The present qin is of zhongni type and is adorned with mother-of-pearl studs (hui). The goose-feet and turning pegs are made of ox horn. Originally lacquered in black, the surface of the qin shows mottles in a chestnut-brown colour as well as signs of previous restorations. The reverse shows ice-like crackling, and the top mostly crackling in the form of flowing water and waves. The title of the instrument, the inscription, and the seals are all carved on the reverse.
Inscription between the goose feet and dragon pool, in seal script and measuring slightly over 2 inches: “Suxin” [Pure Heart]
Inscription on each side of the dragon pool:
Wielding a ruyi scepter as flowers fall from Heaven,
Resting in an unoccupied house amidst dense spring grass.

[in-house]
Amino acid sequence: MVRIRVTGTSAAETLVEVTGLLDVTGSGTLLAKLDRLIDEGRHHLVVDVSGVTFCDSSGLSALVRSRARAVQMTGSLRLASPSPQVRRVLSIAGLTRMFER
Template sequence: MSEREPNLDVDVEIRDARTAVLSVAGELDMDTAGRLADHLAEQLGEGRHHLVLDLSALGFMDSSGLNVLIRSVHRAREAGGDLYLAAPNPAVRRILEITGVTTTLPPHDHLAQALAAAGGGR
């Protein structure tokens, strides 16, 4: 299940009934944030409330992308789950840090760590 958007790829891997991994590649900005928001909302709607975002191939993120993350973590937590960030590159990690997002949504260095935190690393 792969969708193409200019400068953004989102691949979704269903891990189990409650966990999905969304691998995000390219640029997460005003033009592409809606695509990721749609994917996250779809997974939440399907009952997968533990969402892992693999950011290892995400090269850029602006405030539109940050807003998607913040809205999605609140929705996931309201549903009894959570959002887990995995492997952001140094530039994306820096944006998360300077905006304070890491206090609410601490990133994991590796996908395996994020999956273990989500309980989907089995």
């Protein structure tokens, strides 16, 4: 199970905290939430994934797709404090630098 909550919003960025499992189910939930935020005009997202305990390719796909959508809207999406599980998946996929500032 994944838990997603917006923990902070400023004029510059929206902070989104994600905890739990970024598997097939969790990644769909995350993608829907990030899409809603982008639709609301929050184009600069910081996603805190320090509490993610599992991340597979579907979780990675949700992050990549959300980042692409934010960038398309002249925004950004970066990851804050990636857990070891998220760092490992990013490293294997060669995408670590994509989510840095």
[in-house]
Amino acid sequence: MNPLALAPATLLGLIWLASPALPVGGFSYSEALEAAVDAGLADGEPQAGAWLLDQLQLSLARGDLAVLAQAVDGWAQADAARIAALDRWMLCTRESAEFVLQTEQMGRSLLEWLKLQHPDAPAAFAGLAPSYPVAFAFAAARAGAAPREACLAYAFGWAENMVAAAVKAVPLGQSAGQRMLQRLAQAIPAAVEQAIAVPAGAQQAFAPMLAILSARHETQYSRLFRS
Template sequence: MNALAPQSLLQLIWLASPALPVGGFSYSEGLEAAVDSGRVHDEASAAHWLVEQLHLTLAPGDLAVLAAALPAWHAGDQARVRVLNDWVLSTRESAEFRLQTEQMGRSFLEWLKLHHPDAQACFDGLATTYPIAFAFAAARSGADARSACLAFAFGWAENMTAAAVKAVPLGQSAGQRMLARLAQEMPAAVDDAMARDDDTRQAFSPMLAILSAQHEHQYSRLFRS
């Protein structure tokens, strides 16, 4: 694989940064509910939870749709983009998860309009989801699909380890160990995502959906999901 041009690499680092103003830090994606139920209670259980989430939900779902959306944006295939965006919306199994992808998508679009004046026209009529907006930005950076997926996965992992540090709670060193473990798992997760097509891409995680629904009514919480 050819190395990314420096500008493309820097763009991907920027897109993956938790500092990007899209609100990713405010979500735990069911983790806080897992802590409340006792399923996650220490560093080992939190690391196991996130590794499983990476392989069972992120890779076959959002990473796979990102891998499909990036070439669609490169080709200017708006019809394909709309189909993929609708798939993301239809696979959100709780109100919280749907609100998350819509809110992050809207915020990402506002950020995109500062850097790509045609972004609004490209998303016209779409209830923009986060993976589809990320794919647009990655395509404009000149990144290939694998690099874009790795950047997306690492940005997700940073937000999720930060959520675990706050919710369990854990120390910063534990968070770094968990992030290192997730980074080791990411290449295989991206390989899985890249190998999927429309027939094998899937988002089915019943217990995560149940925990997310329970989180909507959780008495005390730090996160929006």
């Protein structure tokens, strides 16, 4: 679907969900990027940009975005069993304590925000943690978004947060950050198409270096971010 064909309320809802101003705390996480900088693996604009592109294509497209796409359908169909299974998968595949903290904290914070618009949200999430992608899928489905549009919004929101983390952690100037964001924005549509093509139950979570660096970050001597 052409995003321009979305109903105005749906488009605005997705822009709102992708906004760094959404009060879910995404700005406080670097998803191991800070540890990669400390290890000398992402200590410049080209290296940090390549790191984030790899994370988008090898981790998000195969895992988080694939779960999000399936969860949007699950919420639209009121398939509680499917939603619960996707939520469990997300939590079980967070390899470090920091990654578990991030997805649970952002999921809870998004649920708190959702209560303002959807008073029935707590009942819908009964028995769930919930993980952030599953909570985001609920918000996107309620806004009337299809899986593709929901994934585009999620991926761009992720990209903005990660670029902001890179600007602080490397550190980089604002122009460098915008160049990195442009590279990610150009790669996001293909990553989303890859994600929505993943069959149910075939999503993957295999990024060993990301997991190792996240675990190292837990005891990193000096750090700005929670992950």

These two lines are taken from Tang dynasty poet Li Qi’s poem, On Ruigong’s Mountain Pond.
Above the dragon pool are a round seal and a rectangular seal, which read respectively Gu zhi yi feng ('[nobility and character] as high as the mountains and as long as the rivers') and Shan gao shui chang ('the mountains are tall, the rivers long').
This qin is slightly oversized. The shoulder measures two and a half hui, thus appearing narrow. The qin face is somewhat flat. As a classical saying goes, Tang-dynasty qin were round, and Song-dynasty ones flat. In a meeting of qin collectors in the 1990s, Zheng Minzhong dated this qin to the Song Dynasty.
Teo Kheng Chong
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